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Habitat Mapping

Maps are a great way to identify habitat in your local area. Follow these steps to create a map of a local area.


1. Download a map or draw one of your project area and surroundings. Your map should show your focus area such as your backyard and local houses or perhaps your school or university area. 

2. Use colour coding to identity each of the main features. Be as detailed as possible. The main features to include are;

  • Human structures - buildings, roads, fences etc
  • Water resources - rivers, creeks, ponds
  • Plant communities - trees, shrubs and bushes, vines, grasses sedges and reeds, aquatic plants, monoculture, any ecologically important ecosystems
  • Other notable features - this might include a quarry or a large tree with a tree hollow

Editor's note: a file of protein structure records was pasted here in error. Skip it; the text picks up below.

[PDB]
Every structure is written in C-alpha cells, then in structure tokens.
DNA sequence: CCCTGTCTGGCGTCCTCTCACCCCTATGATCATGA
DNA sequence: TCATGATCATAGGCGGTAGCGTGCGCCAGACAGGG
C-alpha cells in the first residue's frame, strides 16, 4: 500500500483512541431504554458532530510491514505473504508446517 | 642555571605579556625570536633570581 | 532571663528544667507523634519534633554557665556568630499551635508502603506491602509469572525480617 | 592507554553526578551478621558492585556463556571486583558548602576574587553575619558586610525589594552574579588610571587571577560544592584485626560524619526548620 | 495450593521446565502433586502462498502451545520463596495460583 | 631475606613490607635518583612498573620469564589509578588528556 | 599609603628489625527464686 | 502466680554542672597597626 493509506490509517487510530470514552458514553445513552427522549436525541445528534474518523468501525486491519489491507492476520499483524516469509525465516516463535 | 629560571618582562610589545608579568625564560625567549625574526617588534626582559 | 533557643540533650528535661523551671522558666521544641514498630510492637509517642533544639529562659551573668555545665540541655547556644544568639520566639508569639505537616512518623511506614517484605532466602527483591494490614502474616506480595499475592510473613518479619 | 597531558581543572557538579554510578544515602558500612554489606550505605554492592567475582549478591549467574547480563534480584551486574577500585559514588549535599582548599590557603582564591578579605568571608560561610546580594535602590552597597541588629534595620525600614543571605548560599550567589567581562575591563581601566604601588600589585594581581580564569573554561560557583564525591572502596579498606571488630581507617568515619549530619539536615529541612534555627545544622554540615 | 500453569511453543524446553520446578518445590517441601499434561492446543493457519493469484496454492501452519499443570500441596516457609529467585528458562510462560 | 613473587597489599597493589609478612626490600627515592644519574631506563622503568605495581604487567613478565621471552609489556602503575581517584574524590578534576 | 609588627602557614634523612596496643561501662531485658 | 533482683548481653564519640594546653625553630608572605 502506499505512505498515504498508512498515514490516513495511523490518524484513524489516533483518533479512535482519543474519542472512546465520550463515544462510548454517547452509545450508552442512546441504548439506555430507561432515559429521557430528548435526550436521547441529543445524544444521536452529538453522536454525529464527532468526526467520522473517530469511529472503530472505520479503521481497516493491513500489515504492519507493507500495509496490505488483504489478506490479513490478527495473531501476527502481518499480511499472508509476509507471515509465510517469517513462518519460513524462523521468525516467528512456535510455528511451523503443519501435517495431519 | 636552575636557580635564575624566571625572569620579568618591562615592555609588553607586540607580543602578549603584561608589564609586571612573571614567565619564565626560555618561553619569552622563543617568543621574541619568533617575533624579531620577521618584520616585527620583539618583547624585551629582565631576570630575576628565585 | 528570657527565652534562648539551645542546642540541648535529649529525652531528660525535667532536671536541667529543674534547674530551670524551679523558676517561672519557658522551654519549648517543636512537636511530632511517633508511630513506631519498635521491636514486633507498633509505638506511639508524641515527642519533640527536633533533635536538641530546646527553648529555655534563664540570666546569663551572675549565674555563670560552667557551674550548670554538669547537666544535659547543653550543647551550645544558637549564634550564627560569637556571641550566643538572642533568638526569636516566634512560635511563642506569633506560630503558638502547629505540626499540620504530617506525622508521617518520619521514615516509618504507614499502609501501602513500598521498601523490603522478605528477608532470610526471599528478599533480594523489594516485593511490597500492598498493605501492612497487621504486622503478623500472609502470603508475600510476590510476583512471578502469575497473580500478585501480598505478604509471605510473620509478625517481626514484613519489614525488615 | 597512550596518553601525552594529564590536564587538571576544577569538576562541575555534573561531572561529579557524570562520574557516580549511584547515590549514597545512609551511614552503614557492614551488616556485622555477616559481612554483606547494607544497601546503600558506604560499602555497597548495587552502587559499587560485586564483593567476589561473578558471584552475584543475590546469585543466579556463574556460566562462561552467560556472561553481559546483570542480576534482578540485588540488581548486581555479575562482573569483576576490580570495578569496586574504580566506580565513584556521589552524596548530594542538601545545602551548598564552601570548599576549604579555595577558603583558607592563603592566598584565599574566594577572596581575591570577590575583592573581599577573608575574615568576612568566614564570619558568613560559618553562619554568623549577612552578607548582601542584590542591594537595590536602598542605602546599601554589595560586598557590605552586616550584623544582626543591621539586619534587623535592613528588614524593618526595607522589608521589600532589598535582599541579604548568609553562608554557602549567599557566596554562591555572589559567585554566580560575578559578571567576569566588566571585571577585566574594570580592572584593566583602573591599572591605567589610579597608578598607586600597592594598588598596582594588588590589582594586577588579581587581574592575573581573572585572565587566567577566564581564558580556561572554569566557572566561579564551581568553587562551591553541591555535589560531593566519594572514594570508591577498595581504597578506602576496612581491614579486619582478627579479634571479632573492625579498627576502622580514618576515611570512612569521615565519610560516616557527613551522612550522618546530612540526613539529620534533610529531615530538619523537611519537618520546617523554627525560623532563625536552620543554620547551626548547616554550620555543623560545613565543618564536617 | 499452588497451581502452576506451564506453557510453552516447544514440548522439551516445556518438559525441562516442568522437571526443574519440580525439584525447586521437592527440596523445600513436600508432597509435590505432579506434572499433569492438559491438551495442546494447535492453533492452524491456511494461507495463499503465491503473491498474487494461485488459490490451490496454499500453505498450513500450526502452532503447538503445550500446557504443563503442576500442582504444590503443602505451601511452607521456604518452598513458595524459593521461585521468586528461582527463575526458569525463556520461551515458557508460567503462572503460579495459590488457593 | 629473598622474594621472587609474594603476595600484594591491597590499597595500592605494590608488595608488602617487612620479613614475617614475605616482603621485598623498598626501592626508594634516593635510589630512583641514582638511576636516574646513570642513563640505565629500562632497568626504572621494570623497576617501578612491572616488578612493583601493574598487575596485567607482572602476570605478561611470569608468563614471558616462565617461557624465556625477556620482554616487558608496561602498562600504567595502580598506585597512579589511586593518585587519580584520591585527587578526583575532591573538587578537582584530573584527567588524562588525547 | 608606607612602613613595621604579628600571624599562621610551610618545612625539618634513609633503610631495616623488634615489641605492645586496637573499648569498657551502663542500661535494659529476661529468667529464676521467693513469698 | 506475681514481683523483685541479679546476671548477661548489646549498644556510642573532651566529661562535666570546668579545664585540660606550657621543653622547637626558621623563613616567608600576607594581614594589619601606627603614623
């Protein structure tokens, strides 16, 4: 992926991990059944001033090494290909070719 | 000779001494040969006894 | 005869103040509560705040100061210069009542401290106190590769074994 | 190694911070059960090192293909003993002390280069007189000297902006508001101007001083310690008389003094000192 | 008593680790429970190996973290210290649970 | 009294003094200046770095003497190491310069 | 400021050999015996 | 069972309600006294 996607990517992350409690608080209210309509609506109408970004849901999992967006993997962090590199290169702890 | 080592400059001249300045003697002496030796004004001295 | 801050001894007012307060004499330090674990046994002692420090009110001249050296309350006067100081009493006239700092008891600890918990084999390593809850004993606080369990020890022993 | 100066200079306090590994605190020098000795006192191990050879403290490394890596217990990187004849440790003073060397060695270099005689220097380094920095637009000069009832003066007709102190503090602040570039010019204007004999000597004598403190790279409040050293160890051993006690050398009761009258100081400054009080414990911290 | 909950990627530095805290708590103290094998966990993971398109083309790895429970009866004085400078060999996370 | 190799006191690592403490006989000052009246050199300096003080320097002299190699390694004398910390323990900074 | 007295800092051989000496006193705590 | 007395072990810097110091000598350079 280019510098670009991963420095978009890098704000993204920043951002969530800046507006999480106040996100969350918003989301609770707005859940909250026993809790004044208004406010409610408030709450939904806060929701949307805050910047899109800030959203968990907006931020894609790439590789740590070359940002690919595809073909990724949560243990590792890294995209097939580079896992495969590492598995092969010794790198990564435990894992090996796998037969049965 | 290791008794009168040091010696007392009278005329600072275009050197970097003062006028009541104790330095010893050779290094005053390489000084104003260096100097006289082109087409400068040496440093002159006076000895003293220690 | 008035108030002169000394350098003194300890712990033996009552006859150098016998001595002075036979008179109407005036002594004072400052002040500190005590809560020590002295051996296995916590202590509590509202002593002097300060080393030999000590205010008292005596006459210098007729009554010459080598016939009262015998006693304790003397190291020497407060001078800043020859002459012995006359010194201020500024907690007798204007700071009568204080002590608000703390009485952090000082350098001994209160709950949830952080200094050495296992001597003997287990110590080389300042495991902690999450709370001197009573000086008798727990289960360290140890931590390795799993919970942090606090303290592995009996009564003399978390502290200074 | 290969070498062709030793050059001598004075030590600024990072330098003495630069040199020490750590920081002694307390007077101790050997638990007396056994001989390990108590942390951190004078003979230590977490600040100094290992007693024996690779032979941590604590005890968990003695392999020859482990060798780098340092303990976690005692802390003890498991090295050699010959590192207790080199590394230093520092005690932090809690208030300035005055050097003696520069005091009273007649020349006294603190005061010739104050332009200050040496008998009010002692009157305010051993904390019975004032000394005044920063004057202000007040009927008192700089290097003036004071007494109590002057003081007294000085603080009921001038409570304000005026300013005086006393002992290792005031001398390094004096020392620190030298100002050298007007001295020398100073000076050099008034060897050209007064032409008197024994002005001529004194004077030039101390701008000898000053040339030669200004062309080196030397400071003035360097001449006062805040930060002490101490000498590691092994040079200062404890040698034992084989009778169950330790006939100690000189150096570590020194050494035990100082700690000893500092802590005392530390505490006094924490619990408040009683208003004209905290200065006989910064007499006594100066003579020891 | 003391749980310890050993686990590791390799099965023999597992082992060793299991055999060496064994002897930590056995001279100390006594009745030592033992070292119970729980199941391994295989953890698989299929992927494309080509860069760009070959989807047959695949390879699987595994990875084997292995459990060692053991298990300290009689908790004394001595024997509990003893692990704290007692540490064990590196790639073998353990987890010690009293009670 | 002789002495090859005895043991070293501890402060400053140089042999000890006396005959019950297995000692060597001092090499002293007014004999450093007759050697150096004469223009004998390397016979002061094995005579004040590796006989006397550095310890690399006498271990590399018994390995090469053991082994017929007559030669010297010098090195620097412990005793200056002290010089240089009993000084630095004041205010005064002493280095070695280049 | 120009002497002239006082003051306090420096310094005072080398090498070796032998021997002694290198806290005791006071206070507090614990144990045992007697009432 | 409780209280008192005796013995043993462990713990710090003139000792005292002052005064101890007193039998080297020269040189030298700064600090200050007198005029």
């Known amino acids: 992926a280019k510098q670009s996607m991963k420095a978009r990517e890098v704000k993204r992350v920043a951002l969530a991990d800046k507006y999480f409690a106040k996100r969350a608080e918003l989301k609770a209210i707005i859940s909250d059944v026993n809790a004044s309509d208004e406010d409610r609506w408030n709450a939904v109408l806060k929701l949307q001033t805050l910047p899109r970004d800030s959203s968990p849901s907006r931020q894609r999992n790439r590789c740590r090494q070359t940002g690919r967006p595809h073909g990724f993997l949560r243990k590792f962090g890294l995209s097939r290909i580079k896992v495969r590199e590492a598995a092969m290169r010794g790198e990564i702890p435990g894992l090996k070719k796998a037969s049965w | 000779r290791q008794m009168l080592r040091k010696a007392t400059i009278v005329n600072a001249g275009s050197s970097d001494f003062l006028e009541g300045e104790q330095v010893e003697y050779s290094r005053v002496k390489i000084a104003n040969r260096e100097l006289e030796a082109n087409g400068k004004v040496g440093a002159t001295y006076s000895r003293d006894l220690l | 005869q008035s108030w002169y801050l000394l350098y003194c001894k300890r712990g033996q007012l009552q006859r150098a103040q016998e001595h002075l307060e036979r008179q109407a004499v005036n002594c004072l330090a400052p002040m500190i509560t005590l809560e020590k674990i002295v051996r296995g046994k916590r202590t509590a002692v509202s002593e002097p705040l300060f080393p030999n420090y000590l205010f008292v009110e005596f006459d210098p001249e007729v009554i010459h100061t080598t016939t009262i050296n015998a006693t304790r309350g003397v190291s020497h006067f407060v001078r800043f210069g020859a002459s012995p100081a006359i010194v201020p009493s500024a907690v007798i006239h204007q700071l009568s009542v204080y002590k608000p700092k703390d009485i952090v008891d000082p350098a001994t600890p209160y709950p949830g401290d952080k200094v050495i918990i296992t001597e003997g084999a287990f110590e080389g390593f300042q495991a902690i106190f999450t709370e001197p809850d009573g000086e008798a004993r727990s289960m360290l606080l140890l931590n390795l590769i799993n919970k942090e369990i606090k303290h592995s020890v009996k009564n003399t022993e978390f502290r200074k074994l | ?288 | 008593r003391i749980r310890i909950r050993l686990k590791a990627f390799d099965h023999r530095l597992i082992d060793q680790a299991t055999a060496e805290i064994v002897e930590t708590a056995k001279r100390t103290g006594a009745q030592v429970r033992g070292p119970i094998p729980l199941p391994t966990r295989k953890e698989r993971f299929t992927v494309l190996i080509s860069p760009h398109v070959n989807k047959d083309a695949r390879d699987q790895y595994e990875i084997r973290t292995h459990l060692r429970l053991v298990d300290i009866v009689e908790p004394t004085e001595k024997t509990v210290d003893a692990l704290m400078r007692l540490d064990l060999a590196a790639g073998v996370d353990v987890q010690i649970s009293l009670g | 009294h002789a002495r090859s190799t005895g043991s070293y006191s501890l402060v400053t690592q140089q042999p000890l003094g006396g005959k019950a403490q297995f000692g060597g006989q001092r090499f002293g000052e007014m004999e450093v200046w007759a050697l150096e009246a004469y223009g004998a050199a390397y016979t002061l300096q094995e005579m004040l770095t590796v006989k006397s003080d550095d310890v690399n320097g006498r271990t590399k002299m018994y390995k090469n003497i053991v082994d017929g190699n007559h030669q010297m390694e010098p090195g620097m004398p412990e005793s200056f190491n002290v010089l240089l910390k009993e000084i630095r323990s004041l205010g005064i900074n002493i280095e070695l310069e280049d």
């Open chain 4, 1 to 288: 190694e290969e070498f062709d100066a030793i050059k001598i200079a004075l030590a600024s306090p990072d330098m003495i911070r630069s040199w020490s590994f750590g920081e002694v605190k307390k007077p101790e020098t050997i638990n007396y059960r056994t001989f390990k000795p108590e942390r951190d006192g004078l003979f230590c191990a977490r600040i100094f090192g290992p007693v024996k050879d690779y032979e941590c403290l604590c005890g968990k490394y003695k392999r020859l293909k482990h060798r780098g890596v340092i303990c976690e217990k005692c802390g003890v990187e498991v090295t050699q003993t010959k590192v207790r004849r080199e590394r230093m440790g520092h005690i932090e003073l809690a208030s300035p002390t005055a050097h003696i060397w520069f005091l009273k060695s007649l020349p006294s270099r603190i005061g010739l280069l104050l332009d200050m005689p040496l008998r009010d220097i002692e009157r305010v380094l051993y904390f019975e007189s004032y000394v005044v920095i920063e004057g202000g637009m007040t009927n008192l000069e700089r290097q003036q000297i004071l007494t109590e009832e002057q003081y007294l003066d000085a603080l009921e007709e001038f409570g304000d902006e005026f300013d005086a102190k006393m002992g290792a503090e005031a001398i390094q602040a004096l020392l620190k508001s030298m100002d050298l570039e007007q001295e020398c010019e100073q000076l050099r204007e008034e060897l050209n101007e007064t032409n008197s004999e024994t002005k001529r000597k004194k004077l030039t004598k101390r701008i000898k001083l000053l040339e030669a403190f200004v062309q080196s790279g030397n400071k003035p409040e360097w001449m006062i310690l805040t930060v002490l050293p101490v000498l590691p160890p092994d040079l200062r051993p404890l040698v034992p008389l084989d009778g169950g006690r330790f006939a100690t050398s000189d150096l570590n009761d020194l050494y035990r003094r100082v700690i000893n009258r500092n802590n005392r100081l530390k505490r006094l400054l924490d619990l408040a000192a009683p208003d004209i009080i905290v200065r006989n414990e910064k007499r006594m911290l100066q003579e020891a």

3. Interpreting your map - this is now a valuable decision tool to help you choose where you can make an impact! While at first it may appear to be a random assortment of colours and shapes, you can now tell what environments dominate. Ask yourself some of these questions:

  • What is the main colour I see? What might this mean for wildlife?
  • What habitat colours are missing or are underrepresented?
  • Where are the multi-coloured areas? There is likely to be a lot of high-value habitats here!
  • How well connected are the colourful areas? Can wildlife move safely from one to another?
  • Where are the areas where human structures and monocultures are likely to restrict wildlife movement? 

If you would like more detail on how to map your habitat,
see page 20 of the Embrace the Wild book.